Immediately, upon starting to read this blog, I had questions.  How does one realistically plan out a task that involves that much chewing and metro-card use, I wondered.  Well, I found that Mr. Harvester started at the northernmost tip of Manhattan and then gradually worked his way down both the east and west sides. Usually, he had one day of the week dedicated to pizza eating.  In fact, he ate 7-9 pieces a day once a week on average.  He also changed up the friends he met every week–which I’m sure helped to keep it interesting and fun. I’m curious about whether or not other foods were consumed that day or if did a sort of Man VS Food style approach of water only…maybe even consumed the day before.

Anyway, back to the SUBJECT contained within the pages of sliceharvester. Pizza.  This isn’t the first time that I’ve written about pizza in this blog.  See here: Pizza Boy and here: Artichoke  I love it. Pizza is always the answer to the question: If you could only ever eat one food for the rest of your life, what would it be?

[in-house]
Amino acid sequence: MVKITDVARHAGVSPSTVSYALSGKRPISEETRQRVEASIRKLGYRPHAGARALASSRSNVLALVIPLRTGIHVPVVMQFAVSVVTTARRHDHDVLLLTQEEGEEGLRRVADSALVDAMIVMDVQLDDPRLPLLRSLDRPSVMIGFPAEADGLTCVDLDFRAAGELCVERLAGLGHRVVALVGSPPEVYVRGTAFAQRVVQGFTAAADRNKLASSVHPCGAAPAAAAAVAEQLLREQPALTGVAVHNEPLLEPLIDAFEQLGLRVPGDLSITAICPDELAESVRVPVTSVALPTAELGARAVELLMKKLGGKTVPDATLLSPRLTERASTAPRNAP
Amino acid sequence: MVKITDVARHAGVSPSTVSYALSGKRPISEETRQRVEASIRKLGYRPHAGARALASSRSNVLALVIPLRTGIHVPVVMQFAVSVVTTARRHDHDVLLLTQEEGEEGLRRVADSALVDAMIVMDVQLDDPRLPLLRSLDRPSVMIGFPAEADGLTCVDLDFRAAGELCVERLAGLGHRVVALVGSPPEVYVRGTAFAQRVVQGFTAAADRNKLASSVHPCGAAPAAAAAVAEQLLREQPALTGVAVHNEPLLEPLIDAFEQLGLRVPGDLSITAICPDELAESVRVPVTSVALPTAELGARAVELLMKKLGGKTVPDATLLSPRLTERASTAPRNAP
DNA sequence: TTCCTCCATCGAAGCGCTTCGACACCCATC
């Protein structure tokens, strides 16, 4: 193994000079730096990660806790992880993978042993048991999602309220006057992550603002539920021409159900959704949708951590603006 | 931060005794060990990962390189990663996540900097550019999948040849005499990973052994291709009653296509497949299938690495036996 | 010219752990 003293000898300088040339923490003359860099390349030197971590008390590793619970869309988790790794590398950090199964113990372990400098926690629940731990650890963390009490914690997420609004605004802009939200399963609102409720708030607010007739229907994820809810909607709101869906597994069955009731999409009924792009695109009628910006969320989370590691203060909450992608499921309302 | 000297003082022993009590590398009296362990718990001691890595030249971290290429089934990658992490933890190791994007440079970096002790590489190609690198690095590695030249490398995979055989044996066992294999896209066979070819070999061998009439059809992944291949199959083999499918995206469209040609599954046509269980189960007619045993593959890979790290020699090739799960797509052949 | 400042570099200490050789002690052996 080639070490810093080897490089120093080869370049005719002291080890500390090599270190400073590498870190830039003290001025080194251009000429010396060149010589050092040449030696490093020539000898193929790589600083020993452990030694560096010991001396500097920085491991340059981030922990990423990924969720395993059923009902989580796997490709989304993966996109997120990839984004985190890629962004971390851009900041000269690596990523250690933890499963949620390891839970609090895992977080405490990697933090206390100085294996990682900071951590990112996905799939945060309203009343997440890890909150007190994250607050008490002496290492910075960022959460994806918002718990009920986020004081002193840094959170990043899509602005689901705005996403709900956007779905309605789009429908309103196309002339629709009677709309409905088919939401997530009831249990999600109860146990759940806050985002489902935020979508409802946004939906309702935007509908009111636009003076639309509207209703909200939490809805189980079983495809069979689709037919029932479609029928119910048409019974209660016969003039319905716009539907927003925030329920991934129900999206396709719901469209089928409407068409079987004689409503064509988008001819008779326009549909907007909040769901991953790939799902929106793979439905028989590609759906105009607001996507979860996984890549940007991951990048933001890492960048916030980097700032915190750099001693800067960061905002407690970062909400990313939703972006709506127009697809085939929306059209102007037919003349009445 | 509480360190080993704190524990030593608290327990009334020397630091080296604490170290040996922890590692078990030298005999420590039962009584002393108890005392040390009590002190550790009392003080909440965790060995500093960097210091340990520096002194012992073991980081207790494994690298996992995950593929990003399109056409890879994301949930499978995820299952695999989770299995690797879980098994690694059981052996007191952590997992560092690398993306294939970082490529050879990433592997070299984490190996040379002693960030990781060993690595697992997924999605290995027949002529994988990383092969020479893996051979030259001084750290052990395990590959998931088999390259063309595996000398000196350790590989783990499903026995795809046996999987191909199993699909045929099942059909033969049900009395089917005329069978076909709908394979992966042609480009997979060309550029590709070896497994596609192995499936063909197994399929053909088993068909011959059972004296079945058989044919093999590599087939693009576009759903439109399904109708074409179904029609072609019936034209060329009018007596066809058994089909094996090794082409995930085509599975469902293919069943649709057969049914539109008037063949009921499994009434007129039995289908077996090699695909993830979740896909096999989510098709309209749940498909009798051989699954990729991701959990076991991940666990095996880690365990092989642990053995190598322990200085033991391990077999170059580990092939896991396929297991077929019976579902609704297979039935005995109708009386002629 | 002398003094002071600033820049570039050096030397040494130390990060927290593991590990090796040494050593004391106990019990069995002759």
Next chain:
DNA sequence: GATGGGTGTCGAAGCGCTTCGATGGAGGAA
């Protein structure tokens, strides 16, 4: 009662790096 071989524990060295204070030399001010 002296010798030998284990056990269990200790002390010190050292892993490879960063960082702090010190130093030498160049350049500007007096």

Pizza is delicious, potentially nutritous, the ideal fix for a meal at teenage slumber parties.  It’s just fun!  What other meal gets its own game? (Ok…mabye besides Hamburger Time).  The commercial jingle for this has been in my head all week.

Whilst I am enjoying my daily journey through the backlogs of his blog, it is horribly painful in some ways too.  Each blog post has at least one centerfold of a pic. They are literally mouth-watering these pics..this photographic journalism…this pizza porn.  Even when the review is a bad one, the pictures still look pretty damn good.  Here is a sample. I should mention that this isn’t my pic and is property of sliceharvester.  Speaking of which…a LOT of the pics I swipe to decorate this blog aren’t mine.  I need to sort that out. Do I need to credit photogs or what?  Who  knows this info? What if no credit is listed? Does it matter at all that I make zero cash money from this blog? Help me Google, you’re my only hope.  Anyway, here’s the pictorial equivalent of my own personal longing: